What I see happening for the future, in terms of how we are all becoming very global--the impact of the internet and social media networking and the ways in which mobile technology and other technology has made us more connected--is that it's never going to end. It will only continue to grow. So for me, thinking globally is the direction we must go in and avoiding it or resisting it isn't going to work.

Q. What kind of students will you be working with?
I'll be primarily working with students who are studying English and want an American degree. I have given recruitment presentations in China before, so I've had the chance to work with a variety of students.

Q. Why make changes to the international program?
We are looking at an integrative approach that is more connected with global learning rather than seeing the programs as strictly international learning between China and the United States.

Q. Will you only be spending time in China?
I am going to Taiwan first before I go to China.

Q. What will you do in Taiwan?
I will be visiting with a new possible partnership at the Wenzao Ursuline University of Languages. They are a very tech-friendly and U.S.-friendly nation, and we are looking for not only student exchanges, but also some boarder partnerships.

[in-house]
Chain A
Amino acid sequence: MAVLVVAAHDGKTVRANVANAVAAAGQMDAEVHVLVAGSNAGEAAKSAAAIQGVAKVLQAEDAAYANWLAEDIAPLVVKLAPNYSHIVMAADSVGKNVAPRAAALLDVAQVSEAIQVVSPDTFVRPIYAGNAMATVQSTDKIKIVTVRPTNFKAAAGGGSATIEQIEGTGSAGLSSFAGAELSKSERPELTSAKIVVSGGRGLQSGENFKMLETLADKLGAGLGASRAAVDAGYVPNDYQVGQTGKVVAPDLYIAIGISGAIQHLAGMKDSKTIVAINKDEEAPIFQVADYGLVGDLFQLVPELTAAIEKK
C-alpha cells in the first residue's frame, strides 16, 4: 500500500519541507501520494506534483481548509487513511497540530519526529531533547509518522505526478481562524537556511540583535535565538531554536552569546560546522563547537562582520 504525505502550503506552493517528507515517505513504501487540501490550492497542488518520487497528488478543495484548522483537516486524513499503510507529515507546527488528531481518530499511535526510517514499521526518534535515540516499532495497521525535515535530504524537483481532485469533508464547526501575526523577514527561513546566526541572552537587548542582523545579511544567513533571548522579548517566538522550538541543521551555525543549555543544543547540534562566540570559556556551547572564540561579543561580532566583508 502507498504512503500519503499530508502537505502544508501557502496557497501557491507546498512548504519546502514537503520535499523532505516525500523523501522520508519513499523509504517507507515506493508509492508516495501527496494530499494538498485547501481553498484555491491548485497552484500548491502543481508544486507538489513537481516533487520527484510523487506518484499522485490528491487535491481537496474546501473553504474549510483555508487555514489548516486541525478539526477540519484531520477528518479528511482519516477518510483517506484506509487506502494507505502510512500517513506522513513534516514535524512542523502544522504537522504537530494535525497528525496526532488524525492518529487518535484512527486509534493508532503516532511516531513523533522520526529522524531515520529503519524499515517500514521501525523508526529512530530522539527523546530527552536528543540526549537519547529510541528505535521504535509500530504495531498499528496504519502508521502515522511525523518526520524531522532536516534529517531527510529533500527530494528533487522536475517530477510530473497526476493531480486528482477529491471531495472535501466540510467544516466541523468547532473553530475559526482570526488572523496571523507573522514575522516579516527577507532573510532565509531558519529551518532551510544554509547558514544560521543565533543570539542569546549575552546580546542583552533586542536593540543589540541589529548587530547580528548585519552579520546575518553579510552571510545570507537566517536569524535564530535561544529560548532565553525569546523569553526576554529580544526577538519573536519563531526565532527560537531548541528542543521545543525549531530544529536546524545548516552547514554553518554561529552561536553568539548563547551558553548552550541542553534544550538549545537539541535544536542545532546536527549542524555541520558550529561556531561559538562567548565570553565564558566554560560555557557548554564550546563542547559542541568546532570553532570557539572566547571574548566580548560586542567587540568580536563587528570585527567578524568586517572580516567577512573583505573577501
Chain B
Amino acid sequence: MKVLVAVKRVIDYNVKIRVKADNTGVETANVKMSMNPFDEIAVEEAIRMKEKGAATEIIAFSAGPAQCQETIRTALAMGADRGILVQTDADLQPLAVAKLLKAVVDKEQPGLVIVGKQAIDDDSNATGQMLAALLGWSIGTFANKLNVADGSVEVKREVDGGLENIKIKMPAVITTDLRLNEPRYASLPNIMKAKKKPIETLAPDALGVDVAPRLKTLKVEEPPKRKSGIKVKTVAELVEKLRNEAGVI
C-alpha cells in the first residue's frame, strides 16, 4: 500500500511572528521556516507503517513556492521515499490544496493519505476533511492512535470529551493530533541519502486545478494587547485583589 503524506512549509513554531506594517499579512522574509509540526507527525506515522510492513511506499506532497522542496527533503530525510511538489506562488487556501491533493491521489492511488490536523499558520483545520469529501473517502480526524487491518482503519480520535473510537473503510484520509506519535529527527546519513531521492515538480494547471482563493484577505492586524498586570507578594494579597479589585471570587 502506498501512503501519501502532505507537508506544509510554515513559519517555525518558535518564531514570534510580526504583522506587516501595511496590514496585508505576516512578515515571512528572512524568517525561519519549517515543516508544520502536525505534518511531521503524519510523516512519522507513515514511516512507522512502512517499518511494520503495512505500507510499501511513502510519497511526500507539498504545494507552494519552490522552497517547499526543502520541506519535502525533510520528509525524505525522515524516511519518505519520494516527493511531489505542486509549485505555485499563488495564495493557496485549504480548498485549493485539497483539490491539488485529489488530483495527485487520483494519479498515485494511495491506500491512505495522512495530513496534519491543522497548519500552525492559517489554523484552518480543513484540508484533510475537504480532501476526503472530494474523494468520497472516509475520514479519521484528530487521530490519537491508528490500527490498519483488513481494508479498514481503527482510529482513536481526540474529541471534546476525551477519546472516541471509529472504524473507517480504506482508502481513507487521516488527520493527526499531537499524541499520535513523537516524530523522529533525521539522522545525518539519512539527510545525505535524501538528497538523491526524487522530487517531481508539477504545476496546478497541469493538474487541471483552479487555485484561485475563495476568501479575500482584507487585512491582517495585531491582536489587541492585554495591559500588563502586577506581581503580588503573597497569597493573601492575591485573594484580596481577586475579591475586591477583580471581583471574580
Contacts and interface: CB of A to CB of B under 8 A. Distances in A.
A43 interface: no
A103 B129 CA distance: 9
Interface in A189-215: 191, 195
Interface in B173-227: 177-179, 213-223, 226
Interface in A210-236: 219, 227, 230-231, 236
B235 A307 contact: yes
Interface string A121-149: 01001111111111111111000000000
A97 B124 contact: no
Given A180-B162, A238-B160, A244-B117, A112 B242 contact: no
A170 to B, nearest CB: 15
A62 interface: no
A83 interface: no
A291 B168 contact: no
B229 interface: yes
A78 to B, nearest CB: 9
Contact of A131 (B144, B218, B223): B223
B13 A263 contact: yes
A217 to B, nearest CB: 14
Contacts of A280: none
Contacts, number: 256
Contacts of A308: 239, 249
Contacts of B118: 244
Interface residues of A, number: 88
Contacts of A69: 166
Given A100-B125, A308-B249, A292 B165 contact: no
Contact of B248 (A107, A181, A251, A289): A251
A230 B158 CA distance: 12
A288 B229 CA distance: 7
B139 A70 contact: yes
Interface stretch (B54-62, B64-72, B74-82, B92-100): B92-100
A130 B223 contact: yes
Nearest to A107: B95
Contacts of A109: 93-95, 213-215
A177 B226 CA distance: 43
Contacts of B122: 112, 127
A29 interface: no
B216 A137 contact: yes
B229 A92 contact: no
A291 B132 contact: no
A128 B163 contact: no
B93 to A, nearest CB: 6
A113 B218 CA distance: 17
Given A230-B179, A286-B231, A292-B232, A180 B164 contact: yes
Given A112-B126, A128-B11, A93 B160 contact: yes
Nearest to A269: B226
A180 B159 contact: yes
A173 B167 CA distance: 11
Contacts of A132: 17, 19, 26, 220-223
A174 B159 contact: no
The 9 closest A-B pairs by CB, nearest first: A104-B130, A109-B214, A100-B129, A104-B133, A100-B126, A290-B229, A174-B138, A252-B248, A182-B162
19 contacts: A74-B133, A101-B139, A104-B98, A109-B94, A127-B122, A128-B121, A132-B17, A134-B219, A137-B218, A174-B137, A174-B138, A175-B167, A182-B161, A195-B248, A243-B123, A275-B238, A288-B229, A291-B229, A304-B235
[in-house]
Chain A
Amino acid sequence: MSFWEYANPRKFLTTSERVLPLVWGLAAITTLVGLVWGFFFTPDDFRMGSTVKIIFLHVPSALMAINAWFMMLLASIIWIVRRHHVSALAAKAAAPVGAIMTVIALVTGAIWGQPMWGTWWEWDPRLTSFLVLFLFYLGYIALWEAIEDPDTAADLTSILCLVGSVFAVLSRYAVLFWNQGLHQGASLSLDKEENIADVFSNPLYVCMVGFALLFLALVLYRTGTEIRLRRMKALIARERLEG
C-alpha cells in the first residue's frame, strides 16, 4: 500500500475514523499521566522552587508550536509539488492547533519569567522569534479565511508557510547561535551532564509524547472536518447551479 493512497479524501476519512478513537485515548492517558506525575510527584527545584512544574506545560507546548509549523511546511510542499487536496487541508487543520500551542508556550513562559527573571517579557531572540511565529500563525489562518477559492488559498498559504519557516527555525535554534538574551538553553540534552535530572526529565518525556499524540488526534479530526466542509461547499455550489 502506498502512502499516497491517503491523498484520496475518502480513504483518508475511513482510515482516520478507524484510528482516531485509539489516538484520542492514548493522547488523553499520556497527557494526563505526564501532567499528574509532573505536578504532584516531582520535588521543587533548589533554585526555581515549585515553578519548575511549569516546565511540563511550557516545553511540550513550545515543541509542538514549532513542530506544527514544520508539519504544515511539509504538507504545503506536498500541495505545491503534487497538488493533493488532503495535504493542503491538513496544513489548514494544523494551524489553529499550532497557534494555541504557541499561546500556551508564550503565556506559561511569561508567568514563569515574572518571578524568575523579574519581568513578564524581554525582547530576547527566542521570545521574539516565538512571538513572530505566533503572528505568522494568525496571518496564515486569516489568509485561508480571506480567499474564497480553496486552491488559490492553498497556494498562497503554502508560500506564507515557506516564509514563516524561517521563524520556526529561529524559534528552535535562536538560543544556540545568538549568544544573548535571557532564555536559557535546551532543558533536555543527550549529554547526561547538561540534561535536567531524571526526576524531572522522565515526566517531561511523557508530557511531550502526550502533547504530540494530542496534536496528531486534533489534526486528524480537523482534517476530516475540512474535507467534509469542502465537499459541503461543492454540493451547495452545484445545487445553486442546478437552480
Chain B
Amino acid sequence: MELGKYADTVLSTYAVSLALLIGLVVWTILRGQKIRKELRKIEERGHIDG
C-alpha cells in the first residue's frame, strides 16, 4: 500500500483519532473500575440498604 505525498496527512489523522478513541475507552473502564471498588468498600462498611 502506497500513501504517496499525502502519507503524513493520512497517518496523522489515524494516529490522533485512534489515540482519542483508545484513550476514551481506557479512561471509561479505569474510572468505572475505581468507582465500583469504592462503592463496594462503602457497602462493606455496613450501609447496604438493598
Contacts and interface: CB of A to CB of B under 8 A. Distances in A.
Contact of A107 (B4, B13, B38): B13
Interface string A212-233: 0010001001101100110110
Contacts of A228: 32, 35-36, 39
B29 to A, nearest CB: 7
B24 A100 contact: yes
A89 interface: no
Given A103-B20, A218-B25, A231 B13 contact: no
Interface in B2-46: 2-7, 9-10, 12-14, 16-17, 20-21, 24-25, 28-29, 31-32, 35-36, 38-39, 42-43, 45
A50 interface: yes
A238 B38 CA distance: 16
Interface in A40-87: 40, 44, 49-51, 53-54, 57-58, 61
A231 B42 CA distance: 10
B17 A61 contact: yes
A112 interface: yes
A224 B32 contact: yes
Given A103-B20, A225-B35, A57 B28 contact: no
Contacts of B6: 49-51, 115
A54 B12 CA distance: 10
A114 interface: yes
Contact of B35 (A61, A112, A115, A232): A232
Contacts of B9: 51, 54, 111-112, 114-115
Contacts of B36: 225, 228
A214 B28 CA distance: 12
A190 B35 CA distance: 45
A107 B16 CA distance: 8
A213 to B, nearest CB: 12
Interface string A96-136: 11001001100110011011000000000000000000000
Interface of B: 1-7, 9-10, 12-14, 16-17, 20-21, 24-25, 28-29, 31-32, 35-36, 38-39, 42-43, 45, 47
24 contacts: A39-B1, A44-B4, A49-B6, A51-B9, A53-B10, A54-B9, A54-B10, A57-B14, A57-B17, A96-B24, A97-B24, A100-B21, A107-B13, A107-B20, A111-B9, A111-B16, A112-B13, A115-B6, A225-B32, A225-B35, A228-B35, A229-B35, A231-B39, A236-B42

I will fly into Taipei, take the high-speed rail down to Koahsiung, visit the university, and then spend the night in Taipei before flying to China.

Q. Who will you meet in Taiwan?
Some delegates from the university, people who are deans and professors in charge of the programs. They visited FHSU last August and met with President Martin and the provost.

Q. You created the Global Business program at Fort Hays. What motivated you to do that?
There is a degree program that international students recognize, which is Business English. It's something we don't teach in the United States, unless you go through business communication. I really just see it as a great opportunity. It was something new, and I could see how it could grow.

Q. How many times have you visited SIAS and SNU?

Four times.

Q. What was the experience like?
I personally and professionally enjoy China. I really enjoy Chinese culture, and I think that explains why I have such a good relationship with my students and why I have good relationships with the administrators in China. The relationship I have with them is genuine. I love the food. I feel extremely comfortable around the people, and I enjoy the feel of the atmosphere.